Michael Jordan was one of the most sought after athlete brand ambassadors ever. The six-time NBA champion starred in plenty of commercials and, along with Magic Johnson, ushered in the age of basketball players turned business executives. Jordan is the only professional athlete billionaire, and his focus, even while dominating the NBA, was on building a brand.
His latest successful business venture is The Last Dance. ESPN’s incredibly popular Jordan docuseries is the only sports on TV these days. But the show has come under fire for lack of journalistic integrity. And Jordan’s production company, Jump 23, is a co-producer but omitted from the credits.
While not exactly journalism, the documentary is undoubtedly popular. About 6 million people have tuned in for each of the five episodes aired so far of the 10-part series (parts six and seven air tonight).
The release of the documentary came at the perfect time to gather mass viewership, and brands tied to the NBA superstar are receiving dividends. To give an idea of the value this documentary is generating, look at the logos.
According to GumGum Sports, an analytics company that measures the value of brand sponsorships in sports, Jordan’s brand partners received an estimated $1.1 million bump from the logos shown in the fifth episode alone. That episode looked at the creation of the Jordan brand and also featured commercials for Gatorade and McDonald’s.
But it was Nike that received the most value. The company that helped Jordan start on his path to becoming a billionaire received an estimated $487,000 worth of brand exposure from the swooshes shown in the episode. In all, GumGum calculated the brand’s logo came up 80 times in the course of the show. Nike’s subsidiary Jordan Brand came next with 22 exposures, resulting in an estimated $283,000 in value.
Gatorade’s primary exposure came as a full replaying of the iconic “Be Like Mike” commercial. Simply playing that ad drove around $130,000 in sponsorship value. Combined with other moments in the episode, Gatorade’s total brand bump came in at $245,000.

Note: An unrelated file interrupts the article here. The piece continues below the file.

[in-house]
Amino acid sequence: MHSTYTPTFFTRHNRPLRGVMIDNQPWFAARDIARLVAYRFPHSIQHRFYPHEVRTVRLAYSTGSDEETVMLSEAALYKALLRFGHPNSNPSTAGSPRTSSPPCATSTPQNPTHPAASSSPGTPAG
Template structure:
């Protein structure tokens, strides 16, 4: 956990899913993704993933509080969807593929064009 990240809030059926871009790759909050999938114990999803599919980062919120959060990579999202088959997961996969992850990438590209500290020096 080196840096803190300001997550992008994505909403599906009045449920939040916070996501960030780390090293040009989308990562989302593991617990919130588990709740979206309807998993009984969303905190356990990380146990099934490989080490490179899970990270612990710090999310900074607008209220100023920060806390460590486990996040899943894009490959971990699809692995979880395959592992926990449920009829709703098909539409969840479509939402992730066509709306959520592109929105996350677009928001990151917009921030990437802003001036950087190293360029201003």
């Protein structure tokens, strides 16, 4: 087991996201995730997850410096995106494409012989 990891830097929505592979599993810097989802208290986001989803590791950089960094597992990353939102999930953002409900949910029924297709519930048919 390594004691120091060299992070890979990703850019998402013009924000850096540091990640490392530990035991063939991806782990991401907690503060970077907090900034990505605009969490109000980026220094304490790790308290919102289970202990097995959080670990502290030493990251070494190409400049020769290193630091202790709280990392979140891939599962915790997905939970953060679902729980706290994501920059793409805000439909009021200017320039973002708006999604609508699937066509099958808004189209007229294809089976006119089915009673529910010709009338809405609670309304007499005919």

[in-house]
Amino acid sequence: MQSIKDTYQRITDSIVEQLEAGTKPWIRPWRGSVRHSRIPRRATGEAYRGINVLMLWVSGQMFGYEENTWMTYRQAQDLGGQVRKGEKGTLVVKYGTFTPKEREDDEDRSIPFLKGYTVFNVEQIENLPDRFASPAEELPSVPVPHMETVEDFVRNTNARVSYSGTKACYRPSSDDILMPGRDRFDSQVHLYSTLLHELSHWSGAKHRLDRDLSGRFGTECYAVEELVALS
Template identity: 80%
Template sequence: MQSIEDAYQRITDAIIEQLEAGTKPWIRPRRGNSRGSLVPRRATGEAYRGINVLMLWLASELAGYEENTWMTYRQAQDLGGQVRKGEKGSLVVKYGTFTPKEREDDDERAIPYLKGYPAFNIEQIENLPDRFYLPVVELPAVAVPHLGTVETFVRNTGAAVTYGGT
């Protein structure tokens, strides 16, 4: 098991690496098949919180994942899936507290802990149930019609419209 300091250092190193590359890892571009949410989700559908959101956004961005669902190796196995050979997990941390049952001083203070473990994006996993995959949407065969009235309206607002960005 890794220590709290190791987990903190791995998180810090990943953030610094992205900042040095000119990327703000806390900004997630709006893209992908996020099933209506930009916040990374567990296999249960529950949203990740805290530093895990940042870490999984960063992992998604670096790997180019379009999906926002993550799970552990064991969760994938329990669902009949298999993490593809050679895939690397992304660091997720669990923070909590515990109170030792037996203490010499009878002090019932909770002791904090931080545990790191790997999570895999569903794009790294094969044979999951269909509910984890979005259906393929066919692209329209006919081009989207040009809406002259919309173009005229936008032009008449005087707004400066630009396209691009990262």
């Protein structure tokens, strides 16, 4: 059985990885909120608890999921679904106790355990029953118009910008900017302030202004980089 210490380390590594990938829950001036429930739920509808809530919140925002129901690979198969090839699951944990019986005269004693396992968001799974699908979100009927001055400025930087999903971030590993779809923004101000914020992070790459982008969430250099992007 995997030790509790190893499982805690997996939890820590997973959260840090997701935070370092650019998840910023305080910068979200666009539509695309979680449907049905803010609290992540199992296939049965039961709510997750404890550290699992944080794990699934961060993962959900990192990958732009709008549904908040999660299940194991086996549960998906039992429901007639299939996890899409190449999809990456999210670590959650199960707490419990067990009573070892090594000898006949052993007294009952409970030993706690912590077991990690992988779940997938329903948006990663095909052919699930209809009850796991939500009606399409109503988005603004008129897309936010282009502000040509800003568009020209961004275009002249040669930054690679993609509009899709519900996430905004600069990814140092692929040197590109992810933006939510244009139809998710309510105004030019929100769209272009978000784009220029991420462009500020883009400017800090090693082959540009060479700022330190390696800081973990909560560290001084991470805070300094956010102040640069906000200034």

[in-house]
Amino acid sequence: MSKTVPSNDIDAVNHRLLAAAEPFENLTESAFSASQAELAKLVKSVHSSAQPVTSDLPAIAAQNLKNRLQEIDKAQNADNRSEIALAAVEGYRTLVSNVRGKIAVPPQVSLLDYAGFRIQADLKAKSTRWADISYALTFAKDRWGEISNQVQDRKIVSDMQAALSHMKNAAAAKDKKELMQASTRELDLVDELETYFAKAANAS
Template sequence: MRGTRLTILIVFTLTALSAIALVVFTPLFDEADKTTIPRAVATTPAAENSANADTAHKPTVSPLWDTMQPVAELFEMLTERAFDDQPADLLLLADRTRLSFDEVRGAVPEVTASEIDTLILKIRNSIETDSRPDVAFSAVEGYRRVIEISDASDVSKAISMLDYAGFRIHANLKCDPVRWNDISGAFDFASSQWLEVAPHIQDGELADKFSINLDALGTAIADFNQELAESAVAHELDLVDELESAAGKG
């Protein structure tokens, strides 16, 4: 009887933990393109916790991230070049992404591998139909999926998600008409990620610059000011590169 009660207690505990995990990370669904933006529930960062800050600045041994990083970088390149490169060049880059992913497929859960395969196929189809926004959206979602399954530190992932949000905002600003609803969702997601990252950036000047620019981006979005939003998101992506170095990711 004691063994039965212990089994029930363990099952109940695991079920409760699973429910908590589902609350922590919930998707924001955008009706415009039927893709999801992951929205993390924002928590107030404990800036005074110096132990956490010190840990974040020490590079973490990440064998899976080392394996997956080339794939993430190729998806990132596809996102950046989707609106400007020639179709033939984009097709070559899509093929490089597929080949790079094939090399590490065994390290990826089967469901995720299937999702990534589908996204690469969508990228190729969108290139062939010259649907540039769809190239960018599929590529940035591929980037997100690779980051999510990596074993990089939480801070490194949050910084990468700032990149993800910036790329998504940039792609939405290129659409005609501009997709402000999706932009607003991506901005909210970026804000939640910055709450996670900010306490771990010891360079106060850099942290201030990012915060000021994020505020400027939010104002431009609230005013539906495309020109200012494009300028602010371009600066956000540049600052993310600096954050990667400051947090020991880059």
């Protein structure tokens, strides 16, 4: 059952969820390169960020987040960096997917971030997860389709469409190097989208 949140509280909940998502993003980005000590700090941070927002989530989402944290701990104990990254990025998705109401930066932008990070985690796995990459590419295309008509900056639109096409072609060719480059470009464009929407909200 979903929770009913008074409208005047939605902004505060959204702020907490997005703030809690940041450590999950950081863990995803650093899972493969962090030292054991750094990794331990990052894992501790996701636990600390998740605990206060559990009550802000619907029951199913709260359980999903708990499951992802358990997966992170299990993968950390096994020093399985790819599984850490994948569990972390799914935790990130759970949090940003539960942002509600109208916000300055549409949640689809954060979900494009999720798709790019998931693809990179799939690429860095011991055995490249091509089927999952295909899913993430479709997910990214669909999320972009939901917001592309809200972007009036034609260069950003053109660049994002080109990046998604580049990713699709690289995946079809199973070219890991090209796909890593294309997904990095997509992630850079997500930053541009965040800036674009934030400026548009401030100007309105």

McDonald’s was shown the least, but a snippet of an old commercial showing the golden arches six times was valued at $33,000. In all, 138 total exposures for 12.5 minutes of airtime brought the total value to brand partners over seven figures. Again, that’s the total value for just the logos shown in the fifth episode.
Logo placement in the NBA is incredibly valuable. The league’s decision in 2017 to allow teams to sell one jersey patch on the upper right chest outpaced value expectations by 50%. According to GumGum Sports, the average value of a jersey patch sponsorship during an NBA game is $132,400. Those spots cost between $5 million and $20 million, depending on the team.
“With an average of 477 seconds per game, the NBA jersey patch has a higher duration than any of the four sponsors that were evaluated in Episode 5 of The Last Dance,” according to the GumGum Sports report. “However, with dedicated spotlights on the brands during The Last Dance episode, including full airings of historical commercials and clear close-ups of Jordan’s shoes, the quality of exposure was higher than the typical mid-game jersey patch exposure, leading to a higher value overall.”
But the real value of this series to Jordan and Nike is impossible to calculate. With every sports show spending time on the documentary, memes dominating social media and a consistent 6 million viewers each week, the true brand value of The Last Dance is much higher.
For comparison, Nike’s controversial Colin Kaepernick ad in 2018 generated $163.5 million in value, according to Apex Marketing. Without sports on TV, The Last Dance has had a similar stranglehold on social media. As the story continues to unfold, more will be made of Jordan’s push into being a business mogul, and the brands tied to that story will continue to cash in.
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